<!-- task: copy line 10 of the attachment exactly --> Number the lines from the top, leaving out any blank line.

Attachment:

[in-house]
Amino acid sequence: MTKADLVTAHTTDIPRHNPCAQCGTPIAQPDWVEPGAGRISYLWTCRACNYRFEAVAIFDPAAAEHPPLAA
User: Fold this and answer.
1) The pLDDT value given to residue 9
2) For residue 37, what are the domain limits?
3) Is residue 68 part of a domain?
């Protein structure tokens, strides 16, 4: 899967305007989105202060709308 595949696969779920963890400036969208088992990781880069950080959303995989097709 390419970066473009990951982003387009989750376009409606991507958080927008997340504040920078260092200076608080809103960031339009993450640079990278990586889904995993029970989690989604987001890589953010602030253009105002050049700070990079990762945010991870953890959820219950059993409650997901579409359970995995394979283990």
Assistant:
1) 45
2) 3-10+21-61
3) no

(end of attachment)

2) 3-10+21-61